A book about women and running? Seems right down a Salty Running’s alley, right?
I just finished the Runner’s World Complete Book of Women’s Running by Dagny Scott Barrios and while I think the book had some excellent information and insight, the word “complete” in the title was a bit of a stretch. I think, at best, the book portrays one viewpoint of running and could be a great resource for beginning runners. Follow the jump to see my review!
What I liked:
- The book has good information about choosing running “gear,” including shoes, but it neglects to mention how critical it is to get fitted for your first pair of running shoes. A critical missed point, according to us at Salty Running. Oh, and Dagny says that cotton shirts will get us through most runs?! I wish.
- Chapter Three is full of awesome FAQs for beginning runners (including my personal favorite, “Can I walk?”). And the entire book includes excellent questions that I remember being too intimidated to ask in my newbie running days.
- “Not meeting a goal is not failure.” This is a quote that I need to write on my mirror. This and other great quotes throughout the book are motivational and great to hear. Love that.
- Great links to resources, such as for running groups and camps. It even inspired me to do some camp-related research.
- Great women-specific running topics: running when pregnant, running while on your period (it’s good for us), and injuries like acne… (Okay, maybe the acne inclusion was a stretch). But good overview overall.
What I didn’t like:
- Recommends running 30 minutes a day, five days a week to maximize the benefits of running. What? It wasn’t until I ran an hour that I started to understand what the “runner’s high” was and until I started racing that I understood the life benefits that come from making and meeting a physical goal. Running 30 minutes a day is great, but I don’t think that it maximizes the benefits of running by a long shot.*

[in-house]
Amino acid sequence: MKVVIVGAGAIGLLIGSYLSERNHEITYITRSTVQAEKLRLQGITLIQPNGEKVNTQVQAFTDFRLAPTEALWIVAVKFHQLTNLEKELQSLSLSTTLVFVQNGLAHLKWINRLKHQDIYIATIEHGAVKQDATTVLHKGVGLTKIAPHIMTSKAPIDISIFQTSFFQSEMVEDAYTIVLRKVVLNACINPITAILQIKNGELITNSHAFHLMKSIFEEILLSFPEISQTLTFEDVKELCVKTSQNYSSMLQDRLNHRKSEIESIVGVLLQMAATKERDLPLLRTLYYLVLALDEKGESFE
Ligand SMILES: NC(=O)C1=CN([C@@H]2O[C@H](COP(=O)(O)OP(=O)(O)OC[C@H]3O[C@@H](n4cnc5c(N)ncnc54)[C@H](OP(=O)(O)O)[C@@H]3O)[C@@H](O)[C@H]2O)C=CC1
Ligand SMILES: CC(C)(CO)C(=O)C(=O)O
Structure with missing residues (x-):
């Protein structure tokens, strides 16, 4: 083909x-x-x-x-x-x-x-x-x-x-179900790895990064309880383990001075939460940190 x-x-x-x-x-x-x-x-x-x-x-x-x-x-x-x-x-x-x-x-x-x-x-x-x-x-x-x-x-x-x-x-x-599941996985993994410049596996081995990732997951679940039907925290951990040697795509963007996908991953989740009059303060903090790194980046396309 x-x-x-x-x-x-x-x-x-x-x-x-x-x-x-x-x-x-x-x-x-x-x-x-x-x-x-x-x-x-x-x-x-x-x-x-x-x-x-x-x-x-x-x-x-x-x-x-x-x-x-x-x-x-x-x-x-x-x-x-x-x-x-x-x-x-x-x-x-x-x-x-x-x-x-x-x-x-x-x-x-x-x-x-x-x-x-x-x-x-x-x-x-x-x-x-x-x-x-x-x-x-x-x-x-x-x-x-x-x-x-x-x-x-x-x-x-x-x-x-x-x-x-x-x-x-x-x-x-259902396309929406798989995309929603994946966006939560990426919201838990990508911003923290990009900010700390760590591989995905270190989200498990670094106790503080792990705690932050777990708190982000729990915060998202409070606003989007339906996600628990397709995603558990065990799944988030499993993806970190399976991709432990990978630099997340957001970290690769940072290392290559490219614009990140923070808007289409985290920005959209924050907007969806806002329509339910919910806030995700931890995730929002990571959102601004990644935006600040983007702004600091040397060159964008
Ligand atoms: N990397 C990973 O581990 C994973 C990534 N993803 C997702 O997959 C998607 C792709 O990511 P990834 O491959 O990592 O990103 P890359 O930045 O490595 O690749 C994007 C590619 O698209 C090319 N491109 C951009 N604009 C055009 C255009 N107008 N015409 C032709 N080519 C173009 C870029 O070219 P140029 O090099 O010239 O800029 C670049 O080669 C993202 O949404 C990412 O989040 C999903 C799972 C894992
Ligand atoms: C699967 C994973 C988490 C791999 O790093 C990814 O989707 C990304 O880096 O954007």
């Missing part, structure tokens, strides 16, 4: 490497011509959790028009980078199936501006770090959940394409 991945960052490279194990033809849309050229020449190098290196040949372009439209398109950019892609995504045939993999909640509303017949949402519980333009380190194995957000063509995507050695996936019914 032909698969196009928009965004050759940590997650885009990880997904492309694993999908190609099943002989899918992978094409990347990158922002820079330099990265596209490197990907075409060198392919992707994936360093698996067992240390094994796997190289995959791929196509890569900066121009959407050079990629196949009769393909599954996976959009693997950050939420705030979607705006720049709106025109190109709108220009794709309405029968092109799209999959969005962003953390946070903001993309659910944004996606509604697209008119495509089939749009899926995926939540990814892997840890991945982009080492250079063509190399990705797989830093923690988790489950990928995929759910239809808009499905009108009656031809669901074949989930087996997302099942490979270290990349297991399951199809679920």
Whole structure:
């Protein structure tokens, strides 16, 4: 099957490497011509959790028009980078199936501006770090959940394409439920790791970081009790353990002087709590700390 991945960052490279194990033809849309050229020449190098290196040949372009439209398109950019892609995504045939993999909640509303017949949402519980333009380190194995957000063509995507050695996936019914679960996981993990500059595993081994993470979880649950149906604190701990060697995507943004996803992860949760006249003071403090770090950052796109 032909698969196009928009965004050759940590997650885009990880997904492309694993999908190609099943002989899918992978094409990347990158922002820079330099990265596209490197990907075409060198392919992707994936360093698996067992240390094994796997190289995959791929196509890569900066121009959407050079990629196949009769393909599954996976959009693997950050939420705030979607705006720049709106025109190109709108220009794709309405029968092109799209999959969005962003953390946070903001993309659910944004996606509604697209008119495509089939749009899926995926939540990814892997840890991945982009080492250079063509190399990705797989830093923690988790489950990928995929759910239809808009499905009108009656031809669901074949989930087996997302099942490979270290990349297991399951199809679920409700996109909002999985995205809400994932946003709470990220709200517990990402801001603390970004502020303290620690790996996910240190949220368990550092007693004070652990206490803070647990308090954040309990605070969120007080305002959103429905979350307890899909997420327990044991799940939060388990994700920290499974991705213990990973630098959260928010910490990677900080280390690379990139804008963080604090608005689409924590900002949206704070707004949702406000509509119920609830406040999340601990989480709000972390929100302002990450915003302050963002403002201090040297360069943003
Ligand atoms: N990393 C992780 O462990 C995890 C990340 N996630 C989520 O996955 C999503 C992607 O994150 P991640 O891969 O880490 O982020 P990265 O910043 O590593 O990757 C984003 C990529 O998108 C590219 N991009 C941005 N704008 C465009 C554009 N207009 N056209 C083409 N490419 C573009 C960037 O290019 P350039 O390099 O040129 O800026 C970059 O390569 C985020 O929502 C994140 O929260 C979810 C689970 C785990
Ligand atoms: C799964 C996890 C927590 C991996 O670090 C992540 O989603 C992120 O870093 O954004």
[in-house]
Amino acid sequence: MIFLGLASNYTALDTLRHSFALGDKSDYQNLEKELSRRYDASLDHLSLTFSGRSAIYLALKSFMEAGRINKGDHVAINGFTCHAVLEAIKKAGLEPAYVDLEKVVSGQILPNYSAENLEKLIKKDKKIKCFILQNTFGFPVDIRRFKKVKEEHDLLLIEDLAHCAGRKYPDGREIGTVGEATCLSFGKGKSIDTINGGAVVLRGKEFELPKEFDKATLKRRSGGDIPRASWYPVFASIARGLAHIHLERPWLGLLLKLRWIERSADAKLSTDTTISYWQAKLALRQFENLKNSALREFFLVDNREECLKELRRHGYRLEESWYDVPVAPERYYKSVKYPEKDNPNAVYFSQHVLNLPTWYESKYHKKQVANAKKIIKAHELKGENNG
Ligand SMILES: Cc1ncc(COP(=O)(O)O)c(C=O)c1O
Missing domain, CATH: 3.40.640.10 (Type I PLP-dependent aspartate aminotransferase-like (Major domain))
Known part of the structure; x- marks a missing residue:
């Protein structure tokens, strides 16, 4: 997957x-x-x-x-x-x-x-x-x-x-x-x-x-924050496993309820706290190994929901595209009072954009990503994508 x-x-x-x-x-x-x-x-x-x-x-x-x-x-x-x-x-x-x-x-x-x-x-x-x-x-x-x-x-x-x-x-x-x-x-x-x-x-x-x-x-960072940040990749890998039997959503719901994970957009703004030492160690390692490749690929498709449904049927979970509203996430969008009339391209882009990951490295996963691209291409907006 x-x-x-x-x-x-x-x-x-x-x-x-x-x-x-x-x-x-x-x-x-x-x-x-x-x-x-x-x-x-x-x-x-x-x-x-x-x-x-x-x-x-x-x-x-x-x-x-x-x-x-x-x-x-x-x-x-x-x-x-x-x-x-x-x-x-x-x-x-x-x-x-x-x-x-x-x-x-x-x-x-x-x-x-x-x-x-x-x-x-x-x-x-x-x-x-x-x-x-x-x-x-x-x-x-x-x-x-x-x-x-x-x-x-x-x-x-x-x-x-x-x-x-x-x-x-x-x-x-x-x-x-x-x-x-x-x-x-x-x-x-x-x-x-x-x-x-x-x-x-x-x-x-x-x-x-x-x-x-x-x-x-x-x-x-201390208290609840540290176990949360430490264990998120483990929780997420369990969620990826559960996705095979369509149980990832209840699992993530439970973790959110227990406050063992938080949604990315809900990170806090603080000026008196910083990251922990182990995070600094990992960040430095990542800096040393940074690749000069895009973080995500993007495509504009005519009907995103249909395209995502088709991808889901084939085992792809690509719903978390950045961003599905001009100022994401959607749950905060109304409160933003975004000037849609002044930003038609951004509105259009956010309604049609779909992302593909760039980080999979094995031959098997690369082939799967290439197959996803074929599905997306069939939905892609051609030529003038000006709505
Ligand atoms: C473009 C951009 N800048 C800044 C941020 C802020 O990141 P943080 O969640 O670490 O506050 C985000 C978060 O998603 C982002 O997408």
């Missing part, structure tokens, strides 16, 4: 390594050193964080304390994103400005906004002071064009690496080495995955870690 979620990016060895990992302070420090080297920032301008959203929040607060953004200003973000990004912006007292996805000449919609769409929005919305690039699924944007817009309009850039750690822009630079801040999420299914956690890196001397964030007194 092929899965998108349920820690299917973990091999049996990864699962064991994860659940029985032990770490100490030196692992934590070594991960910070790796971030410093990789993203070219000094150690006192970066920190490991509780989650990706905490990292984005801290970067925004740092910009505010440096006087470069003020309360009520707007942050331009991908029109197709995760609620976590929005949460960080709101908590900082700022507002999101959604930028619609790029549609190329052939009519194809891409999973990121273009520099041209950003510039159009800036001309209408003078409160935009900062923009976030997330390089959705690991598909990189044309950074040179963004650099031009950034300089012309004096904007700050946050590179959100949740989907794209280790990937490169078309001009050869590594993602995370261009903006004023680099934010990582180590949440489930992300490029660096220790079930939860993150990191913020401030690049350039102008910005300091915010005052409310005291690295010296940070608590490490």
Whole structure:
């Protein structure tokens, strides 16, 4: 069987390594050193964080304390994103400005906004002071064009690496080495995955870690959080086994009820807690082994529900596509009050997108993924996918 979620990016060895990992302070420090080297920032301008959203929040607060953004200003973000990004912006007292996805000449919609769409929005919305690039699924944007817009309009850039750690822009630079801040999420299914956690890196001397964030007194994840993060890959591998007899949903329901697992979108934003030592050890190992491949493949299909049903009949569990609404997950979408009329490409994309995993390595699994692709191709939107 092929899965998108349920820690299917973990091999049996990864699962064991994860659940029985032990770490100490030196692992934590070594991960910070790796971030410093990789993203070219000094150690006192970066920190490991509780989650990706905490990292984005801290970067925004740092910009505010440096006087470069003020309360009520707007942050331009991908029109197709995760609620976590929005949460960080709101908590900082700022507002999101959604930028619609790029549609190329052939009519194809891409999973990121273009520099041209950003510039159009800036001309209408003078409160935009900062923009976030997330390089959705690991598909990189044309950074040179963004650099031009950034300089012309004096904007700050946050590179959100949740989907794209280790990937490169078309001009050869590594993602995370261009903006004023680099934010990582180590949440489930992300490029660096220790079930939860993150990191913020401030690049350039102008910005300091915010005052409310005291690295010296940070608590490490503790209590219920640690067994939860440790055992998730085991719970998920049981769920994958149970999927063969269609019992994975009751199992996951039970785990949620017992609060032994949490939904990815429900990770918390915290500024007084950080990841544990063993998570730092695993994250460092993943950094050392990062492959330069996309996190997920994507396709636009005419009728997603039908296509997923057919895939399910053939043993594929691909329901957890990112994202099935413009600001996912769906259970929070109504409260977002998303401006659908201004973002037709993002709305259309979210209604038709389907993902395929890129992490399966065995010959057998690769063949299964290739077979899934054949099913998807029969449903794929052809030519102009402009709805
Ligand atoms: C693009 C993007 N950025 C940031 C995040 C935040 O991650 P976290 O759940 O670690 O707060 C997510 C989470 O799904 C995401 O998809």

- At points, it felt like Dagny was saying that running long distances was bad for us, which is so 1950. Nowadays, we get to run and keep our uterus. I think she was trying to make the point that running is hard on our bodies and to take recovery seriously, but it came across as “Running is Dangerous! Beware!”
- The book seemed to me to be anti-long distances, and it says that anyone under 18 should not run a marathon. I think Winter Vinecki and Alana Hadley would have something to say about that.
- Promotes some information I disagree with, such as advocating a maximum of a two week taper for all races (Mint, our resident marathon expert, has perfected the art of the taper and generally tapers for three weeks), and buying running gear like shoes online (Only after going into a real store and getting fitted/trying out the gear first!). And seriously, I’m still stuck on the cotton shirt thing. Really? Do cotton shirts work for you?
*Editor’s note from Cinnamon: Common medical practice tends to tell us that running more than 30 minutes a day is too much, but we just keep hearing about runners who prove them wrong. Call us biased, but we aren’t sure enough research has been done to draw these conclusions.
What was missing:
To be a truly complete book, this should have included:
- Information about racing in general (pacing, fuel, and more training plans).
- General running nutrition and long-run fuel
- Recovery (including ice/heat, massage, foam rolling, etc)
- More information about “serious” running, instead of saying only that it is dangerous. Running more than 3 1/2 hours is not only unadvisable, but crazy, apparently. I don’t agree, and I imagine none of you who have marathoned more than once would either.
Overall, the book had some great information for beginner runners and inspirational quotes for all runners. Pick it up if you’re a newbie runner and want information getting started, running gear, and some basic workouts to build up for your first races (even up to marathon). But if you’re really looking for a complete book on running, I recommend Lore of Running by Tim Noakes. It’s big, but it’s certainly complete; perfect for the obsessive runner in your life.
Have your read The Complete Book of Women’s Running? What did you think? What “complete” books would you recommend?